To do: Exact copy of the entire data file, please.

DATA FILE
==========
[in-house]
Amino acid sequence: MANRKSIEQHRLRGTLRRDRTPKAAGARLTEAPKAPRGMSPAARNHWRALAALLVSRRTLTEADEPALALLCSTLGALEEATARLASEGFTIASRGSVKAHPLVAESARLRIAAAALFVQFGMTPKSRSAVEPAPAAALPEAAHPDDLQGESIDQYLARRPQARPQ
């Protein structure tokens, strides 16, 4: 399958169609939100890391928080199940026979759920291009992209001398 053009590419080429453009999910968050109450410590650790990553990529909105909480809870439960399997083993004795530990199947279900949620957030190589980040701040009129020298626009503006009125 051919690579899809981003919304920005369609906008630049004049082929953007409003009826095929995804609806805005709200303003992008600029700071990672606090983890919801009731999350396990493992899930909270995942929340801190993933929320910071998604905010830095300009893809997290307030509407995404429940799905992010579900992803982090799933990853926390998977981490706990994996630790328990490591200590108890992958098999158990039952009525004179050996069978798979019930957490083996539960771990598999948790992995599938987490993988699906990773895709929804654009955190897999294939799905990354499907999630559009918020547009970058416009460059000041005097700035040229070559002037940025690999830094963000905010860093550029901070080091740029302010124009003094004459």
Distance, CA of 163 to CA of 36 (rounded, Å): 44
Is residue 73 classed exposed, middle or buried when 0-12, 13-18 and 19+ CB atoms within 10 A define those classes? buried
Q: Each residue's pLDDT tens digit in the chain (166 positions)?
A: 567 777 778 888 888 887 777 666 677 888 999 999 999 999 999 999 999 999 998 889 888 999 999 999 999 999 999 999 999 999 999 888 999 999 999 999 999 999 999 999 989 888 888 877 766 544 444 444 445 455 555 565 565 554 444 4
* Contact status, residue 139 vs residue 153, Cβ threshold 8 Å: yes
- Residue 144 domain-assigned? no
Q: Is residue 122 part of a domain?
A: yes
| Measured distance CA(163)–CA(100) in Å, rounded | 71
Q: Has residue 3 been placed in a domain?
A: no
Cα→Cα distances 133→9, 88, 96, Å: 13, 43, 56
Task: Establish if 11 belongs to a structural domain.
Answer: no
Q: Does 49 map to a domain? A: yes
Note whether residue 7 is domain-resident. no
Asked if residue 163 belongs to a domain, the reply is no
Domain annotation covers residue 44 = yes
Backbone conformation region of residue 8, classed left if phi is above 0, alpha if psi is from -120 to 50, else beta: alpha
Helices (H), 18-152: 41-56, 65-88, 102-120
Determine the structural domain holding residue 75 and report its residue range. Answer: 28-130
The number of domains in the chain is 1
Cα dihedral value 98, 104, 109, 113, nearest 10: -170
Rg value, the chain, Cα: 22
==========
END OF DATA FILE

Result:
[in-house]
Amino acid sequence: MANRKSIEQHRLRGTLRRDRTPKAAGARLTEAPKAPRGMSPAARNHWRALAALLVSRRTLTEADEPALALLCSTLGALEEATARLASEGFTIASRGSVKAHPLVAESARLRIAAAALFVQFGMTPKSRSAVEPAPAAALPEAAHPDDLQGESIDQYLARRPQARPQ
């Protein structure tokens, strides 16, 4: 399958169609939100890391928080199940026979759920291009992209001398 053009590419080429453009999910968050109450410590650790990553990529909105909480809870439960399997083993004795530990199947279900949620957030190589980040701040009129020298626009503006009125 051919690579899809981003919304920005369609906008630049004049082929953007409003009826095929995804609806805005709200303003992008600029700071990672606090983890919801009731999350396990493992899930909270995942929340801190993933929320910071998604905010830095300009893809997290307030509407995404429940799905992010579900992803982090799933990853926390998977981490706990994996630790328990490591200590108890992958098999158990039952009525004179050996069978798979019930957490083996539960771990598999948790992995599938987490993988699906990773895709929804654009955190897999294939799905990354499907999630559009918020547009970058416009460059000041005097700035040229070559002037940025690999830094963000905010860093550029901070080091740029302010124009003094004459």
Distance, CA of 163 to CA of 36 (rounded, Å): 44
Is residue 73 classed exposed, middle or buried when 0-12, 13-18 and 19+ CB atoms within 10 A define those classes? buried
Q: Each residue's pLDDT tens digit in the chain (166 positions)?
A: 567 777 778 888 888 887 777 666 677 888 999 999 999 999 999 999 999 999 998 889 888 999 999 999 999 999 999 999 999 999 999 888 999 999 999 999 999 999 999 999 989 888 888 877 766 544 444 444 445 455 555 565 565 554 444 4
* Contact status, residue 139 vs residue 153, Cβ threshold 8 Å: yes
- Residue 144 domain-assigned? no
Q: Is residue 122 part of a domain?
A: yes
| Measured distance CA(163)–CA(100) in Å, rounded | 71
Q: Has residue 3 been placed in a domain?
A: no
Cα→Cα distances 133→9, 88, 96, Å: 13, 43, 56
Task: Establish if 11 belongs to a structural domain.
Answer: no
Q: Does 49 map to a domain? A: yes
Note whether residue 7 is domain-resident. no
Asked if residue 163 belongs to a domain, the reply is no
Domain annotation covers residue 44 = yes
Backbone conformation region of residue 8, classed left if phi is above 0, alpha if psi is from -120 to 50, else beta: alpha
Helices (H), 18-152: 41-56, 65-88, 102-120
Determine the structural domain holding residue 75 and report its residue range. Answer: 28-130
The number of domains in the chain is 1
Cα dihedral value 98, 104, 109, 113, nearest 10: -170
Rg value, the chain, Cα: 22